29.6.10

Boston Ballet in Barcelona’s Teatro Coliseum


ein von viel - Boston Ballet - James Whiteside - Photograh by Sabi Varga, Courtesy of Boston Ballet.

Boston Ballet made its first appearance in Barcelona’s Teatro Coliseum under the artistic directorship of Mikko Nissinen, presenting two programmes Ultimate Balanchine and Made in Boston.

The night started with Balanchine’s marvellously danced gem Ballo della Regina to Guiseppe Verdi’s music for the opera Don Carlos. Balanchine’s choreography has always been music made visible and his creations, as in this case, have as many steps as notes in the score. The corps de ballet and principal couple, Misa Kuranaga and Jeffrey Cirio , did the work proud, sparkling throughout. Not once did they fudge Balanchine’s complicated rhythms and were able to transmit Balanchine’s famous style and sophistication. The corps de ballet showed not only the brilliance of its younger members but also the strength and experience of its more mature artists. Given that the 45 members of the corps hail from different countries, the homogeneity among the troupe was surprising, while their diversity is one of the attractions of this richly talented company with an international reputation.

Ballo della Regina - Photograh by Sabi Varga, Courtesy of Boston Ballet.

The principal dancers were revitalizing, plastic and precise. These dancers are up to the most demanding classicism of the traditional repertoire and to the freedom of Kylian, Forsythe and Cranko. Indeed, these renowned choreographers are included in the repertoire of the Boston, one of the USA’s leading companies.

The remaining works chosen in the second part of the programme were intimate and eclectic. Far removed from classical dance, the pieces chosen were refreshingly novel, with contemporary, abstract pas de deux.

Rhyme, choreographed to Chopin by the Ukrainian Viktor Plotnikov, was danced by Erica Cornejo and Yuri Yanowsky. This minimalist pas de deux is an intertwining of light and shade poetically sculpted for two bodies.

Ein von viel by Sabrina Matthews was the most classical and stylish work of the second part of the evening. This piece is an energetic duo for two white-clad male dancers, James Whiteside and the dazzling John Lam , set to J.S. Bach’s Goldberg Variations. Both dancers impressed with their athleticism and grace.

Tsukiyo is a mysterious work by William Forsythe’s disciple, Helen Pickett, to Arvo Part’s sonata Spiegel im Spiegel, specifically the pieces Lamente and Fragile. The work tells the story of a twenty-first century sylph, interpreted by Lia Cirio, a dancer with tremendous stage presence. Blessed with a beautiful and arresting face, this deeply expressive dancer also has superbly flexible feet and legs and shone throughout the work, whether alone on stage or as part of the ensemble. Her facial expressions, hands and even her way of ascending the small steps in the centre of the stage – the only piece of scenery – marked her out as an outstanding performer. Cirio was superbly partnered by Sabi Varga, allowing the ballerina to be seen at her best. Both artists managed to make the most of a ballet about timid, almost adolescent seduction – hardly an original theme – based on the Japanese short story The woodcutter’s daughter.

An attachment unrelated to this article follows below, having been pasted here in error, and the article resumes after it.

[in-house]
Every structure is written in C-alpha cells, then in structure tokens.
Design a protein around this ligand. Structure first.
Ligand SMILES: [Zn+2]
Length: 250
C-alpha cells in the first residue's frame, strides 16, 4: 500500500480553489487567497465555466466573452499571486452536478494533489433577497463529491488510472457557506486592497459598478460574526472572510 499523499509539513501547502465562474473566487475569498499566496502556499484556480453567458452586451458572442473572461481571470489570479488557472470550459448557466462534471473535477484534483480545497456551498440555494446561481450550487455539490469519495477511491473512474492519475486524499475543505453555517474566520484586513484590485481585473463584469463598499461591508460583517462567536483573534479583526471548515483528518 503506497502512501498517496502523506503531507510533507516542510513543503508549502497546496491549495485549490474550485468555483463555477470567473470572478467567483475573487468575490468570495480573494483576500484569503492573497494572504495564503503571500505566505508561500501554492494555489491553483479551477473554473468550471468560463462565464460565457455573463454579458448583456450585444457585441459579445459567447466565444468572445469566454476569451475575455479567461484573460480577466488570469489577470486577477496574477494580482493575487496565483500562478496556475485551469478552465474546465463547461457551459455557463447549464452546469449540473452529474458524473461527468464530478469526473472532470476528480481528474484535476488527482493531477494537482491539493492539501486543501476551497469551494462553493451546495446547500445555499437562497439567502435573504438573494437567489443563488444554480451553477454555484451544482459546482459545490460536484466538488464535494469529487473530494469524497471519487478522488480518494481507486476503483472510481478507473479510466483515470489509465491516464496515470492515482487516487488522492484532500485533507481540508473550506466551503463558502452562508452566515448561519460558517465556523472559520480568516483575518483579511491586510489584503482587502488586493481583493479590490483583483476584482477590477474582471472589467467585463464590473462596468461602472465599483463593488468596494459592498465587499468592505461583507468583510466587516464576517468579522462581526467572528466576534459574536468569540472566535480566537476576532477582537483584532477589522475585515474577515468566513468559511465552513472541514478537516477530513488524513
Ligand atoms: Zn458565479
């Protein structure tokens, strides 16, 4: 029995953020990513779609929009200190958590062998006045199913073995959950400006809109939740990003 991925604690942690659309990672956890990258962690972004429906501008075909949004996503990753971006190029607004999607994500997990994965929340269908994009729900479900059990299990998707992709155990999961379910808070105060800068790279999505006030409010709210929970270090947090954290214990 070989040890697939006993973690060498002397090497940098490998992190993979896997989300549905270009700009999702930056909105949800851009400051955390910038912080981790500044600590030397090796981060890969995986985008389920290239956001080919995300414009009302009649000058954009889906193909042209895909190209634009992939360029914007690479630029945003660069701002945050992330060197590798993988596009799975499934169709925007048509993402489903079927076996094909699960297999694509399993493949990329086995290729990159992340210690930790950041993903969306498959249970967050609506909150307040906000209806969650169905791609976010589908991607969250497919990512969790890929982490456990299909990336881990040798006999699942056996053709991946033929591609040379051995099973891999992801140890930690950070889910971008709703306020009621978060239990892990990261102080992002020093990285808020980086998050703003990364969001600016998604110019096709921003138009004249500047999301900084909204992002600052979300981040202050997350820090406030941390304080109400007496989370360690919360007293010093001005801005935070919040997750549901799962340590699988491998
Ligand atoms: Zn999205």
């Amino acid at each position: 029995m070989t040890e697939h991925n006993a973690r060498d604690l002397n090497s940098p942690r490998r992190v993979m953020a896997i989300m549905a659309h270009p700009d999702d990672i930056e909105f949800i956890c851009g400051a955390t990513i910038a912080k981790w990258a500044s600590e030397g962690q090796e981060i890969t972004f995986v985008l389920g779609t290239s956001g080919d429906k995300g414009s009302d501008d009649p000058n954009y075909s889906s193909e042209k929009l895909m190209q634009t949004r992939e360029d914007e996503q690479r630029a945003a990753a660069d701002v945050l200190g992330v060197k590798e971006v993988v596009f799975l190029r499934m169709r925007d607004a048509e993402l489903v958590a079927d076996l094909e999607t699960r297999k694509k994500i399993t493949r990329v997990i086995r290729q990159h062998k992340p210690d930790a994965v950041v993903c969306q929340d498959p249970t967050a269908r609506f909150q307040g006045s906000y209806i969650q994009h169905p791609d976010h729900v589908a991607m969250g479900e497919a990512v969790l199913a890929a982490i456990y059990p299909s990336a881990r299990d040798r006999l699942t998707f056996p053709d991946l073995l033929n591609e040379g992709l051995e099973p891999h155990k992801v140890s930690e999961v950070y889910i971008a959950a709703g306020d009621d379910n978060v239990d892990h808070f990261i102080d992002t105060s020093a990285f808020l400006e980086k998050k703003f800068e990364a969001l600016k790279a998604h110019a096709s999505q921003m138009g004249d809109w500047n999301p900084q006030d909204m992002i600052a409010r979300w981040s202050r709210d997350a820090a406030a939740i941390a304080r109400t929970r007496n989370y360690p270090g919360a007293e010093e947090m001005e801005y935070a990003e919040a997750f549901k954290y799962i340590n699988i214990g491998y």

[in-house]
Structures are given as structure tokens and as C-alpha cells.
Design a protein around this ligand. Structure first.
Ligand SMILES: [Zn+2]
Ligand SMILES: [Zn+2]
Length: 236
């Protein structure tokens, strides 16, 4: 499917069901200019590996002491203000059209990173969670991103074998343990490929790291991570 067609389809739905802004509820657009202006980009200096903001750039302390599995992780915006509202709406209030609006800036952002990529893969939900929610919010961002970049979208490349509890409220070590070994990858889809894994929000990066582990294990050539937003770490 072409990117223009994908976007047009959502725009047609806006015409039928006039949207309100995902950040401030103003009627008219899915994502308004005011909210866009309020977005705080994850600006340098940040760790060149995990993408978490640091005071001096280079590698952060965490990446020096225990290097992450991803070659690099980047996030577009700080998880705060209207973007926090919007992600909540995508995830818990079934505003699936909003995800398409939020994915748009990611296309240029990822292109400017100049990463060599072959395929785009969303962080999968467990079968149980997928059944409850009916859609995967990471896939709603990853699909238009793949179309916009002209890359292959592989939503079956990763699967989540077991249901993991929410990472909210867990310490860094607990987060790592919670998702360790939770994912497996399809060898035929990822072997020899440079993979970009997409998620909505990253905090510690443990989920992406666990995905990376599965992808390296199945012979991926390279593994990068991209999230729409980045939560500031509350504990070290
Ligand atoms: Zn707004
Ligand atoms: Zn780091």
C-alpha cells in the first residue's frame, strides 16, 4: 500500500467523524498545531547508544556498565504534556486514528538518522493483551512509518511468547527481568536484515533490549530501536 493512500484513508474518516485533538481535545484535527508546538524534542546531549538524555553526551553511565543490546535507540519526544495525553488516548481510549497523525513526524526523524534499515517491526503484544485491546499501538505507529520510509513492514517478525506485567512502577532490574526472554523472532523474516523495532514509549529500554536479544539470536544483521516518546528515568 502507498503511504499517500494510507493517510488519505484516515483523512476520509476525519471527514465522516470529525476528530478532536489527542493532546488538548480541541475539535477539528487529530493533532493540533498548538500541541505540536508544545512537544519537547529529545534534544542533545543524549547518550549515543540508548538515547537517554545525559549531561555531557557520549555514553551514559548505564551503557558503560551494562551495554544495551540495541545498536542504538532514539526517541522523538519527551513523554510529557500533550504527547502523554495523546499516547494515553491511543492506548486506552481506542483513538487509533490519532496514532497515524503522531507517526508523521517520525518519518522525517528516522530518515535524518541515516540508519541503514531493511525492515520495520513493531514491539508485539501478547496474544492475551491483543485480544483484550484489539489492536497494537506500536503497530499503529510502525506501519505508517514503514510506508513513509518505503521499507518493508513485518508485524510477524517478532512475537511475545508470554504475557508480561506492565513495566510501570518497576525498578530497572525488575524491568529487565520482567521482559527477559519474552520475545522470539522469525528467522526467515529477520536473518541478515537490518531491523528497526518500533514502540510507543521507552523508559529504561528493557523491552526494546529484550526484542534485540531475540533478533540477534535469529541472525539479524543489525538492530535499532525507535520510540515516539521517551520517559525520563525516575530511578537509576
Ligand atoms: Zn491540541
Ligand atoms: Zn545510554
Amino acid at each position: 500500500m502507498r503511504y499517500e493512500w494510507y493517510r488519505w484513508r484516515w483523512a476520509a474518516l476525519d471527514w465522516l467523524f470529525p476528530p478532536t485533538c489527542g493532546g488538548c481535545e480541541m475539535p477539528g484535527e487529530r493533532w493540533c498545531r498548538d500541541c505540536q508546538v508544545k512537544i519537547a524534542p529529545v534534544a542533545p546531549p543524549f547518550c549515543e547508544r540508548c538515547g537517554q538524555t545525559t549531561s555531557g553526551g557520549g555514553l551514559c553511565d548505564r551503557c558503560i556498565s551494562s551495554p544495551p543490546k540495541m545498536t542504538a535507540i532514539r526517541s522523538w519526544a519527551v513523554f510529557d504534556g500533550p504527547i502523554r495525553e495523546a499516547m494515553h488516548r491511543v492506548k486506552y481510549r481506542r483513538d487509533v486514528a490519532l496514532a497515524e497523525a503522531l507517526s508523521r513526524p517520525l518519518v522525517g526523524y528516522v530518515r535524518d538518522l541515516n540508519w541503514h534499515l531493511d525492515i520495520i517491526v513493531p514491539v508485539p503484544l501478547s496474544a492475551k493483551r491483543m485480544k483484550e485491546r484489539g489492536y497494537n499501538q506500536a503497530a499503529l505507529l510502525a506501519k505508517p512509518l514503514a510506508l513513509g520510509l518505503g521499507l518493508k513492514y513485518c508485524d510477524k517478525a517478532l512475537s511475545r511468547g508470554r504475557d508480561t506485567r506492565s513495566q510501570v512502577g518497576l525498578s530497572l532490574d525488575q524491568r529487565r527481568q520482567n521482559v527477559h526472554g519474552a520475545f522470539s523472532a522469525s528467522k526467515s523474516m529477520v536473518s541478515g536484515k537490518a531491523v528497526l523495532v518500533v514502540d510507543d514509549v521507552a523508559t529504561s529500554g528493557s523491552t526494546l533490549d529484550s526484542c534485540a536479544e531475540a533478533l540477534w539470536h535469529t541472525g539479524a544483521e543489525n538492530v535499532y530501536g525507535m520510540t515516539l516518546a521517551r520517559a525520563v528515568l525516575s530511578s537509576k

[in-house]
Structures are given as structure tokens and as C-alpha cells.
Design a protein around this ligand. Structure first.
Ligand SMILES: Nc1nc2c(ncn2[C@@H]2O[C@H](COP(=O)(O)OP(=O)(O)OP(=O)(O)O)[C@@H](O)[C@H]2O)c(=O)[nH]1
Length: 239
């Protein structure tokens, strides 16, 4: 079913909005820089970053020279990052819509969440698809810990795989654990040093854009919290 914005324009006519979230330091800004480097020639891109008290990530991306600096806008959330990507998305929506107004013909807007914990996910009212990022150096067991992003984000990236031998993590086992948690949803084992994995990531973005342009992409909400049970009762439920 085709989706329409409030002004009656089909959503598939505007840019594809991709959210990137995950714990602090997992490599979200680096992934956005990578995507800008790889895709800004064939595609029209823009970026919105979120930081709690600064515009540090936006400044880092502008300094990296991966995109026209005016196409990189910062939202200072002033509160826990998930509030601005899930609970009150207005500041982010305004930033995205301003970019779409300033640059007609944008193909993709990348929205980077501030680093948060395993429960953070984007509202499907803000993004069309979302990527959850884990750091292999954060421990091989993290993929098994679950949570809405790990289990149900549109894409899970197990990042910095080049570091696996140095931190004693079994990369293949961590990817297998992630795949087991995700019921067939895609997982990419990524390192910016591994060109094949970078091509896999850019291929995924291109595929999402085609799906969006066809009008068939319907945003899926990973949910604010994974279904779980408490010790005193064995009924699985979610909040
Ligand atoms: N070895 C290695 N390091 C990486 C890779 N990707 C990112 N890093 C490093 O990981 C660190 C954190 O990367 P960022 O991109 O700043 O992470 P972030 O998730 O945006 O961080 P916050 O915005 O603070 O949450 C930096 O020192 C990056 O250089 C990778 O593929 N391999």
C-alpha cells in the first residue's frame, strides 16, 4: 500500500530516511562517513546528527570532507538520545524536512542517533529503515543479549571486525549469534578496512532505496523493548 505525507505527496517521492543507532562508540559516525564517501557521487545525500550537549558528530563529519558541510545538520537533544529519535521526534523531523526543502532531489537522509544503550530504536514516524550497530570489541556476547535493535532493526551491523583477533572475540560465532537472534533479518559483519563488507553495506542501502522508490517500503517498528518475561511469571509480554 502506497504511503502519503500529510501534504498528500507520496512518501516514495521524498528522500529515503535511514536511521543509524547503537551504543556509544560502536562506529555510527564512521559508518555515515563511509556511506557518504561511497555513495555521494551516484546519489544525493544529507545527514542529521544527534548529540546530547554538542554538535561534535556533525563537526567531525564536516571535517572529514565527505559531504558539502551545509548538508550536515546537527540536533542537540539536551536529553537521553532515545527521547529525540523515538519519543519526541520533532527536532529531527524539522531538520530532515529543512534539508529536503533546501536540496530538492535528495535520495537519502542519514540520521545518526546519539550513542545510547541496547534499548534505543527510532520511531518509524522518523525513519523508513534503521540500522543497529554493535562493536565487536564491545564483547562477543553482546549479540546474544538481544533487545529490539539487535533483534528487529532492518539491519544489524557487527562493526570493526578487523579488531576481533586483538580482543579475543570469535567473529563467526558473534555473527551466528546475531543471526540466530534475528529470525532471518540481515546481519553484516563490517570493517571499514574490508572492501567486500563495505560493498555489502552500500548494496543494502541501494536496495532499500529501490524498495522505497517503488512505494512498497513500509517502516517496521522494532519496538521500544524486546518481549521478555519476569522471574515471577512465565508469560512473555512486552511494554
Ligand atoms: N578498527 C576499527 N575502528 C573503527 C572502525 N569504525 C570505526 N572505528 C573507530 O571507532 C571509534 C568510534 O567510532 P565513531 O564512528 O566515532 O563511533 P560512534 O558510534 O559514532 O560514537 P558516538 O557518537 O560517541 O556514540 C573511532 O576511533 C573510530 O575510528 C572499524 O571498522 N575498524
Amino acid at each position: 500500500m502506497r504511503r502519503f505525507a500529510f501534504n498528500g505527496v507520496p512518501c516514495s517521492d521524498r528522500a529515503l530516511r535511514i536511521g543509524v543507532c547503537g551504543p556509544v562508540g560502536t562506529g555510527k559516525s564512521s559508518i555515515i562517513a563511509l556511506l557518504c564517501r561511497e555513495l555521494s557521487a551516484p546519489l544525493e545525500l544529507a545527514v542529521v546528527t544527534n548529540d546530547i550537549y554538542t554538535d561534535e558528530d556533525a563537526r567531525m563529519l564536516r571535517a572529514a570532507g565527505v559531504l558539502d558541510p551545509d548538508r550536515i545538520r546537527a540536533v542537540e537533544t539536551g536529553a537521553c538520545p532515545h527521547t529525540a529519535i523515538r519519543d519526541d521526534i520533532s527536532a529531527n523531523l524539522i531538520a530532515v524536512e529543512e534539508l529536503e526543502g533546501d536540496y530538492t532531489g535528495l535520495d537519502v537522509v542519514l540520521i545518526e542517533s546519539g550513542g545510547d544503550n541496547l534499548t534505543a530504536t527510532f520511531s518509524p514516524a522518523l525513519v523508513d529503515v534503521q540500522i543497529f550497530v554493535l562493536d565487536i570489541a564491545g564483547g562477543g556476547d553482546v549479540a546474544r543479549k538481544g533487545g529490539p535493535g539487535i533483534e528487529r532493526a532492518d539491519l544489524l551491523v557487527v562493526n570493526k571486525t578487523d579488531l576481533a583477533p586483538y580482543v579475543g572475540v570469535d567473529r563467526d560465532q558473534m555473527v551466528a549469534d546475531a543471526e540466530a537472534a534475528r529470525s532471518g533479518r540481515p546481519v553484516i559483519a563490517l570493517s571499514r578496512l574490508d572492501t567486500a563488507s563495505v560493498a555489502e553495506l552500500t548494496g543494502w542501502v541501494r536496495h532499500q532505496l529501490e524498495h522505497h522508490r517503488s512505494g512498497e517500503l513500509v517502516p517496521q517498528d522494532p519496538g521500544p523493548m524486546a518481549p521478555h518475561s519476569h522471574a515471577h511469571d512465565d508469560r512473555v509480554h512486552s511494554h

The final ballet of the night, Brake the Eyes, would have pleased Kylian lovers. The Finnish-born choreographer, Jorma Elo, Boston Ballet’s resident choreographer from 2005-2014, has composed a classically-based work with a new twist, intercalating traditional steps with rigid, break-dance movements but without sacrificing grace and fluidity. The work is set to Mozart with an electronic vocal backing evoking the dull thunder of a motor, and with the dancers dressed in delightful gold tutus reminiscent of Degas’ “The Little Dancer”. The choreography flows to Mozart and deconstructs to the electronic strains. The nine artists chosen to accompany the principal ballerina, the well-known and world-class rhythmic gymnast and current member of Boston Ballet II, Rachel Cossar, could not have been better – technically secure and musically attuned.

All in all, Boston Ballet delighted audiences in Barcelona with their versatility and quality and left no doubt about why the company is held in such high regard.

by Carolina de Pedro Pascual - © 2005 - 2010 Danza Ballet

ein von viel - Boston Ballet - James Whiteside and John Lam - Photgraph by Sabi Varga, Courtesy of Boston Ballet.